The Only Way to Make Hot Peppers Last Longer|Recipes Spots

  • on August 11, 2023
The Only Way to Make Hot Peppers Last Longer

Hot red fresh red chiles on a cutting board, one sliced open
Getty Images / Simply Recipes

Gardening newbies always have a learning curve when it comes to chile peppers. My first foray started innocently enough. I love fresh salsa, so I put in four jalapeno plants and a mysterious purple Thai chile. By August, I had five shrub-sized plants, a bushel of hot peppers, and more on the way. I made sooo much salsa. And even better, I learned an easy way to save my hot peppers.

Hot Peppers, Deep Chill

Got a pile of peppers? If you have a bountiful harvest, or if a neighbor offers you a basketful of freshly picked chiles, don’t wave it away. It’s really easy to stash them in the freezer, and use them as you need them. Unlike most vegetables, hot peppers are absolutely fine to freeze whole—a big plus if you’re too busy enjoying summer to process them. If you have time, you can halve or mince them.

Red Fresno peppers on a cutting board, sliced open
Simply Recipes / Ciara Kehoe

Should You Thaw the Peppers Before Using?

Whether you freeze your peppers whole, halved, or minced, frozen and thawed peppers will be softer and juicier. As with all produce, the fluid-filled cells in a hot pepper expand when frozen, breaking down the cell walls. When thawed, the pod will be floppy and soft. You’ll have an easier time chopping your peppers when they’re semi-frozen and firm enough to cut. If you’ll be slicing, chopping, or mincing, let your frozen chile sit out for a few minutes before you cut it.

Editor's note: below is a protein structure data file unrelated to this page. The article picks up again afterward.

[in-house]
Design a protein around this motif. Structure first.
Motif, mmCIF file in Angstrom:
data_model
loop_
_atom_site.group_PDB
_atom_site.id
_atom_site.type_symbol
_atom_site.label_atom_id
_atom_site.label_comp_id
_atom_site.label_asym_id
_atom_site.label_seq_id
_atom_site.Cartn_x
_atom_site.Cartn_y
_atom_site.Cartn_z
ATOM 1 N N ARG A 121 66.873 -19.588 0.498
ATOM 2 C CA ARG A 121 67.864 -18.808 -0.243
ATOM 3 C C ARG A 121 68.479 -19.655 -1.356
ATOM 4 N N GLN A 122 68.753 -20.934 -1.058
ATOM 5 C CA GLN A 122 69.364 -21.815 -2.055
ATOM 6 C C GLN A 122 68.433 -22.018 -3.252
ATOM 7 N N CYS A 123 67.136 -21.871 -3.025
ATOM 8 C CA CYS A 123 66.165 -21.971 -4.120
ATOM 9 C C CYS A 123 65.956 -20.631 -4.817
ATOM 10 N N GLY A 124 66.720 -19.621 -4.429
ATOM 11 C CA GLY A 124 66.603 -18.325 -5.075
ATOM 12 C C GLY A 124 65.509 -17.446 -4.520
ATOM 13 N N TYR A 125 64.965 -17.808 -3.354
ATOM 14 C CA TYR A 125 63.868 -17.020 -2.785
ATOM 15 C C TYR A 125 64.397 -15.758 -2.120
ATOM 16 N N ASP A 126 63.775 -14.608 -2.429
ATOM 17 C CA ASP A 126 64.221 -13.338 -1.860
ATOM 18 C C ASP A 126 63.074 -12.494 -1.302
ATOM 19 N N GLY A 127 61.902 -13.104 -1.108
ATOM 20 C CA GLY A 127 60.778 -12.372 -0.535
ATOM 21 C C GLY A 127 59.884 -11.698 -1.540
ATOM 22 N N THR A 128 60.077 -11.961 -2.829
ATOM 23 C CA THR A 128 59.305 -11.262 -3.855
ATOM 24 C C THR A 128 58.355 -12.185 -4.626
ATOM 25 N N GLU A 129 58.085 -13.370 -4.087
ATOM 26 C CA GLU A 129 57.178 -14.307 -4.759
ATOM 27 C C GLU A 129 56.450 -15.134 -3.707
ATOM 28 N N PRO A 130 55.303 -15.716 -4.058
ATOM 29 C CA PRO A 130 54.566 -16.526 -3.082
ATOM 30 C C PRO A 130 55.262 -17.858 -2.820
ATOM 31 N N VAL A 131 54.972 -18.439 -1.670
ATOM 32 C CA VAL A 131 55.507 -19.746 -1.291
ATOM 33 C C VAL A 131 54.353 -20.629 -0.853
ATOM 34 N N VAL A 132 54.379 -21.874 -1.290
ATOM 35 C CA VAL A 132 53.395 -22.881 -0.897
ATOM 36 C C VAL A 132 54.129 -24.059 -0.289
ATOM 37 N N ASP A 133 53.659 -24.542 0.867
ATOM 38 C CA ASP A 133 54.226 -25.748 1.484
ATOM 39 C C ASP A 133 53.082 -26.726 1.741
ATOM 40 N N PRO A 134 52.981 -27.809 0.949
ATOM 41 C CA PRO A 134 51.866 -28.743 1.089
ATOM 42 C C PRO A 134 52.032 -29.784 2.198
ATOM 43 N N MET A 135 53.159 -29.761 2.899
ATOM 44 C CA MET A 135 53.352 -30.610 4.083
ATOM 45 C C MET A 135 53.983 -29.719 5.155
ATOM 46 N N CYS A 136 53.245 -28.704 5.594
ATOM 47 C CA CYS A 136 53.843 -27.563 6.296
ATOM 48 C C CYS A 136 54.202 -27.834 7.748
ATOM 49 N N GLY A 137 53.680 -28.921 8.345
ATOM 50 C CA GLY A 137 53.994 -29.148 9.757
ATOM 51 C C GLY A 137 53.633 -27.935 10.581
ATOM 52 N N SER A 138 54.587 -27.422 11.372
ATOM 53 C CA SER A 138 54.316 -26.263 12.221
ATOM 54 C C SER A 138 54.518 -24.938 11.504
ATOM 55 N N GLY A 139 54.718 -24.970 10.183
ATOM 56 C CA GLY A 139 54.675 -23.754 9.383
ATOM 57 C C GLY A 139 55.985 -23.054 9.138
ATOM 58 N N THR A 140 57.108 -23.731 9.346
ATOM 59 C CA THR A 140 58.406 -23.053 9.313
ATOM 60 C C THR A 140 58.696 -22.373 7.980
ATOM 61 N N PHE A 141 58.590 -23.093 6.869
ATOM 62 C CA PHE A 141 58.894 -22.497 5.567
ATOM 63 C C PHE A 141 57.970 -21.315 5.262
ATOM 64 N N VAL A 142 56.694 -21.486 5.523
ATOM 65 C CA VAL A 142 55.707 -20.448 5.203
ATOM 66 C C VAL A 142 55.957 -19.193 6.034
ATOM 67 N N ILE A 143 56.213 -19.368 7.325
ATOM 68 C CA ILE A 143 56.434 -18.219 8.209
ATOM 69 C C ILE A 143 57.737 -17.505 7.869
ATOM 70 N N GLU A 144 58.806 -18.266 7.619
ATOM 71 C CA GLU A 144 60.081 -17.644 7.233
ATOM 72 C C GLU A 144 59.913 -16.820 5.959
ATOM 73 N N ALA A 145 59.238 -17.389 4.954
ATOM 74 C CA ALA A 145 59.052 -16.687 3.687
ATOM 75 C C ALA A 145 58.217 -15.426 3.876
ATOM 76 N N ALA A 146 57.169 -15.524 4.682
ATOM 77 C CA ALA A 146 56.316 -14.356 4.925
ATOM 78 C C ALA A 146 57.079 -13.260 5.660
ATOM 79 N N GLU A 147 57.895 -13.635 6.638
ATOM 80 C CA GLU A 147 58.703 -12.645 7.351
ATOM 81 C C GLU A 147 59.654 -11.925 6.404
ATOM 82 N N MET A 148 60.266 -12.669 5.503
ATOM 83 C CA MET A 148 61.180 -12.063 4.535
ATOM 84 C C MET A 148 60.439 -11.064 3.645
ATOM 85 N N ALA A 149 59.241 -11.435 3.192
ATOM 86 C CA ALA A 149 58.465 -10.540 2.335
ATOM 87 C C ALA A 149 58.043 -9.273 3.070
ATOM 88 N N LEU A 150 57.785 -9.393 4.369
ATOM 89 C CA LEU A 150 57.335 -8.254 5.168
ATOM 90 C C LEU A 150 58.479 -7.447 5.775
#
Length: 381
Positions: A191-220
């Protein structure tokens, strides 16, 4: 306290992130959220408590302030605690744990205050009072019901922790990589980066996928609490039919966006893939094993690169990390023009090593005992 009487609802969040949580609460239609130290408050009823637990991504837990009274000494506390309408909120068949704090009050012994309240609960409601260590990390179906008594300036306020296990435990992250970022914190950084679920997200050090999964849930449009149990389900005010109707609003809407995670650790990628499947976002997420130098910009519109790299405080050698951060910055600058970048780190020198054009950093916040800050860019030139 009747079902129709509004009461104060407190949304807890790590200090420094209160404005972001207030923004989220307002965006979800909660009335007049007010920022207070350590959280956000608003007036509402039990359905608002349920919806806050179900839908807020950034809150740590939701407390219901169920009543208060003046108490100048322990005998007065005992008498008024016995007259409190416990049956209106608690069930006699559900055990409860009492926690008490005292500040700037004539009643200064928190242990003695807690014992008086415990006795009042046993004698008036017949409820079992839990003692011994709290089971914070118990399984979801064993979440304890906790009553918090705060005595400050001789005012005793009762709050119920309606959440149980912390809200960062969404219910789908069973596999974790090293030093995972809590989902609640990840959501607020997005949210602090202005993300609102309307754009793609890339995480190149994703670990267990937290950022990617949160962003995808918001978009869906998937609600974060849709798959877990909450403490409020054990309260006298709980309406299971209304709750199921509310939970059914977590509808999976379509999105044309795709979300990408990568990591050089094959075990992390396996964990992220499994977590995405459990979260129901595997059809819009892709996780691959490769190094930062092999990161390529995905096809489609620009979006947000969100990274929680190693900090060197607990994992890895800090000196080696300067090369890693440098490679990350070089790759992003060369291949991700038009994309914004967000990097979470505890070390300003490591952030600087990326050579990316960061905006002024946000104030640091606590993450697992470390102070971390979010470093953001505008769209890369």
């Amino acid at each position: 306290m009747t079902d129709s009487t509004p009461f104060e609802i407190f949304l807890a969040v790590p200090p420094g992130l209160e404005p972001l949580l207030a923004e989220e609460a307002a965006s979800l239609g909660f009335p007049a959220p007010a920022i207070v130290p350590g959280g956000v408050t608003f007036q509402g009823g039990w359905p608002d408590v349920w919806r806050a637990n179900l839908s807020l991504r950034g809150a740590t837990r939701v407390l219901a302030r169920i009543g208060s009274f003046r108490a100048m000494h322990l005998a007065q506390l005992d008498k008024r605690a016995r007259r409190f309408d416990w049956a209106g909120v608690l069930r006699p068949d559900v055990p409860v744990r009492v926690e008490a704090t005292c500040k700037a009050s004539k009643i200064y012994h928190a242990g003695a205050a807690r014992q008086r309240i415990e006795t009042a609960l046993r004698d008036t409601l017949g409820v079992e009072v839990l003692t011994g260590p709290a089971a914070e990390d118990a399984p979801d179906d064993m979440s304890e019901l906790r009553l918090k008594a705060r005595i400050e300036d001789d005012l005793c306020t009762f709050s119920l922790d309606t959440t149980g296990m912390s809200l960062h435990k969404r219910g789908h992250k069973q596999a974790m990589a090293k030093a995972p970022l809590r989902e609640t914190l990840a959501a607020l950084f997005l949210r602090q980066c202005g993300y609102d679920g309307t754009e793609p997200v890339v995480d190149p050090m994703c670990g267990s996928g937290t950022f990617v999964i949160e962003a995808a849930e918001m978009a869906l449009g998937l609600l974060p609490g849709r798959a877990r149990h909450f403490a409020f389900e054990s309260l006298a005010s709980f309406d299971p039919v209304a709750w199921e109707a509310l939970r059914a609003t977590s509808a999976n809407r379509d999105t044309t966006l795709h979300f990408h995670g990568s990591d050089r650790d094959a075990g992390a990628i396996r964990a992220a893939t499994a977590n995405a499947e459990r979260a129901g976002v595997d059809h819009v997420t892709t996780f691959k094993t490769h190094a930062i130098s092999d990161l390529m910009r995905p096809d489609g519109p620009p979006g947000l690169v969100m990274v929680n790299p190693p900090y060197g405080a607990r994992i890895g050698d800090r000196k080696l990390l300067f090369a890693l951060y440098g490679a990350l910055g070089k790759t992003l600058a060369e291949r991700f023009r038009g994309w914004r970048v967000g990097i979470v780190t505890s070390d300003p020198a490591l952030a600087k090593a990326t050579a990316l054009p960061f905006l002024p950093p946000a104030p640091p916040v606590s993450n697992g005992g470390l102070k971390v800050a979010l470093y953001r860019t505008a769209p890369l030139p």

The Heat Stays the Same

Despite the textural change, the pepper will be just as hot coming out of the freezer as it was going in. Remember the mysterious purple chiles from my first garden? They were still so hot that touching a cut chile with the tip of my tongue set my mouth on fire for hours, despite chugging milk, and eventually, beer.

Stuffed Jalapenos scrape out the seeds
Sally P Vargas

How to Freeze Hot Peppers

Always wear rubber gloves when handling hot peppers, and be very careful not to touch your eyes, nose, etc. Also try not to inhale the aerosolized heat if you mince them in a food processor.

Wash and dry the peppers. Any moisture left on the peppers will become icy.

Whole peppers: If you have no time, simply put the whole, uncut peppers in a zip-top freezer bag. Squeeze out as much air as possible, then seal. Be sure to label and date your stash.

Halved peppers: If you have more time, slice the peppers in half and remove the stems, cores and seeds. Place the halves on a sheet pan in a single layer and freeze until the peppers are stiff. Transfer to freezer bags or containers. If you want to portion them in small bags or jars, put in enough for a favorite recipe, then thaw a bag as needed. Otherwise, pack the frozen halves in a large freezer bag or container, and squeeze out as much air as possible. Return to the freezer.

Minced peppers: If you would like your hot peppers to be pre-minced so they’re ready to use, you can do that easily. Just remove the stems and seeds, then pulse them in the processor a few cups at a time, being VERY careful not to inhale the vapors when you open the lid. Mince, don’t puree, and then transfer to ice cube trays. Some people like to top off their hot pepper mince in ice cube trays with water or oil to prevent freezer burn. You can also use zip-top bags, and spread the mince thinly so it’s easy to break off a chunk as you need it.

Use Up Those Frozen Peppers!

  • Homemade Hot Sauce
  • Jalapeno Pepper Jelly
  • Pork Chile Verde
  • Kai Jeow (Thai Omelet)
  • Tomatillo Salsa Verde
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